NYU Silver Faculty Receive Competitive University Research Grants

Four NYU Silver faculty members have received competitive grants from NYU’s University Research Challenge Fund (URCF): Professor and Associate Dean of Research Marya Gwadz for her grant entitled “Addressing Serious Barriers to HIV Viral Suppression in Populations At-Risk: New Methods, New Directions”; Professor Linda Mills and Research Associate Professor Briana Barocas, the Executive Director and Director of Research respectively of the Center on Violence and Recovery, for “Restorative Justice for Domestic Violence Crimes: A Study of The Implementation of Circles of Peace in Vermont”; and Professor Qingwen Xu for “The Resilience of Chinese Communities in New York City: Where Immigrants Age.”

Dr. Gwadz, who has been studying obstacles to sustained viral suppression among people living with HIV (PLWH) for more than decade, sought URCF funding to pursue a new area of research to address these persistent and complex barriers. With significant NIH support, she and her interdisciplinary research team at NYU have developed, studied, and refined a culturally appropriate, multi-component counseling intervention, known as Heart to Heart (HTH), to foster engagement along the HIV care continuum among PLWH with the greatest barriers to viral suppression. With the URCF funding, her team will use an innovative research framework known as SMART (sequential, multiple assignment, randomized trial) to develop an adaptive intervention to increase viral suppression for the target population. Dr. Gwadz explained that adaptive interventions allow providers to modify, augment, or switch the type of treatment an individual receives based on the individual’s response to their treatment and a series of decision rules. Her pilot study will randomize participants to receive either a variation of the HTH counseling approach or Conditional Economic Incentives (CEI), based on principles of behavioral economics, as first-line interventions. Depending on how they respond, participants will be randomized to stop, taper, augment, or switch their treatments. The pilot study will result in two pilot-tested and refined interventions and pilot data to inform a larger SMART study for submission to the NIH.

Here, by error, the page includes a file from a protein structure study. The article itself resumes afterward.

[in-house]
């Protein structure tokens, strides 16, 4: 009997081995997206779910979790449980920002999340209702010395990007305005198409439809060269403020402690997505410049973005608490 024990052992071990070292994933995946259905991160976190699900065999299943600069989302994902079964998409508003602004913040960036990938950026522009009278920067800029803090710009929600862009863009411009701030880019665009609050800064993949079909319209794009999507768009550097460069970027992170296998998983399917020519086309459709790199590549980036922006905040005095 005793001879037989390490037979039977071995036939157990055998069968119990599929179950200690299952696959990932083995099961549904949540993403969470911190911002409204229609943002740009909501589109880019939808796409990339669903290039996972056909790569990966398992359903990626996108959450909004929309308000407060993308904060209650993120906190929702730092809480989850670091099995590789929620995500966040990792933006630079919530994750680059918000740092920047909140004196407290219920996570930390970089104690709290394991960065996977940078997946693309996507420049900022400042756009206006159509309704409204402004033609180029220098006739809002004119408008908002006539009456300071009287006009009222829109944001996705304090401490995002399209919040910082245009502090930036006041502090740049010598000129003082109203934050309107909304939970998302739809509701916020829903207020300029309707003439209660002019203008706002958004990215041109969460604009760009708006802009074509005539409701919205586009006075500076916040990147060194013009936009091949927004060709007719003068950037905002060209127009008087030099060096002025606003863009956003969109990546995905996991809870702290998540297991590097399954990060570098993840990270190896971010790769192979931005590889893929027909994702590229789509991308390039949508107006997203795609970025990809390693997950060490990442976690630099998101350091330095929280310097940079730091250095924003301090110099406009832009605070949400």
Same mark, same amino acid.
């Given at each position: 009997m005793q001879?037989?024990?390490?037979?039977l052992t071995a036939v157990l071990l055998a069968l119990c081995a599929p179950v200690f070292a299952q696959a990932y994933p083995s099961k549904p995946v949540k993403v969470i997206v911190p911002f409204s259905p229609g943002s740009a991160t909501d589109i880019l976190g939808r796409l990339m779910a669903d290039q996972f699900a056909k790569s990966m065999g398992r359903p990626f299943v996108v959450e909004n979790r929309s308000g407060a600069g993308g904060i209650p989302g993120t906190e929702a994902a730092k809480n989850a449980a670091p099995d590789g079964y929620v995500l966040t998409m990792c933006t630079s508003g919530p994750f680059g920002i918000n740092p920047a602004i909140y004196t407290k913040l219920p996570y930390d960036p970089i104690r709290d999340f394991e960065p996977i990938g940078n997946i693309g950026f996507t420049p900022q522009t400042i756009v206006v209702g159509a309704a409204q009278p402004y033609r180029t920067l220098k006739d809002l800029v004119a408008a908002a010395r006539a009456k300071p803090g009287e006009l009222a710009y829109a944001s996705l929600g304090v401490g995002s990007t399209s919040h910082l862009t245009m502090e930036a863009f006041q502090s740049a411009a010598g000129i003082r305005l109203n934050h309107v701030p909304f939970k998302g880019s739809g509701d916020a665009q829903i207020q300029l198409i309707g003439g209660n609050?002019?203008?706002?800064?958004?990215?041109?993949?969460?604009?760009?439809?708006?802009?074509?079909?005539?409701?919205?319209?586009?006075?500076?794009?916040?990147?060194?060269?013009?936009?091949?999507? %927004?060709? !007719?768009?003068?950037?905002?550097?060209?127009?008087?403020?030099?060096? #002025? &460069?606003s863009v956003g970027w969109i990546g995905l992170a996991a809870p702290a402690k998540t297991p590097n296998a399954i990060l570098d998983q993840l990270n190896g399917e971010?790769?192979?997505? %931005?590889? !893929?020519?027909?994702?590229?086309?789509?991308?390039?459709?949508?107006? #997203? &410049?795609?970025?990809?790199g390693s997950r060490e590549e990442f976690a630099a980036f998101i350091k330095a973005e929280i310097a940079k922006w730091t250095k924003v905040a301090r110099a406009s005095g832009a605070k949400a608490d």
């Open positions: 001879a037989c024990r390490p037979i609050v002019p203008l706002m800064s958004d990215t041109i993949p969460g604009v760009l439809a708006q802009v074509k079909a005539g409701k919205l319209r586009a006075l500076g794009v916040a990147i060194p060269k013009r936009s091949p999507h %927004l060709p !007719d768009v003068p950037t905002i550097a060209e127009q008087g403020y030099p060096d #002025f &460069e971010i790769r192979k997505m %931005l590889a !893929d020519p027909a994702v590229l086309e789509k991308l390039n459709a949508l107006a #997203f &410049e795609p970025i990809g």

Drs. Mills and Barocas’ new project builds on promising results they have seen in studies of the Circles of Peace (CP) model, which uses restorative justice principles to treat Domestic Violence (DV). Most states mandate those convicted of DV crimes to Batterer Intervention Programs (BIPs), which are based on a nearly 40-year-old model and have a weak evidence base. Recently, some states including Arizona and Utah, have allowed other DV treatment approaches as alternatives or supplements to BIPs, with promising results. Inspired by two influential studies by Barocas and Mills, Windsor County, Vermont, at the request of the State’s Attorney, has modified and adapted the CP model for their community and is embarking on a one-year pilot program. Barocas and Mills’ URCF grant will fund a qualitative study of the adaption and implementation of the CP model in that jurisdiction as well as the collection of preliminary data on program participants’ outcomes. They intend to use the results of this pilot study to inform a multi-state, interdisciplinary study of the CP model for which they will seek state and/or federal support.

Dr. Xu’s project will examine the community resilience of older Chinese immigrants in New York City, more than a quarter of whom live below the poverty line and most of whom have limited English proficiency and face age-related physical, cognitive, and social declines. Dr. Xu explained “community resilience emphasizes inherent capacities of a community and the need for collective, systemic adaptation to reduce underlying vulnerabilities and to promote positive health and wellbeing outcomes,” Over the next year, she and NYU Silver visiting professor Dr. Yu Xie will conduct a qualitative study of older Chinese immigrants in New York City's three Chinatowns as well as a small number of key informants from immigrant-serving organizations in those neighborhoods and immigrant-sending communities in China’s Guangdong and Fujian provinces to gain an understanding of the challenges and opportunities for older Chinese immigrants, their families, and communities. The findings will inform prospective community strategies and government funding and program priorities to cultivate community resilience.

NYU’s URCF supports faculty-initiated research on a competitive basis and is administered by and advisory committee composed of senior faculty reflecting a cross-section of disciplines at the University. The Fund aims to encourage investigators to explore new areas of research that are likely to attract outside support, and support faculty engaging in productive scholarship in areas where there are few sources of support.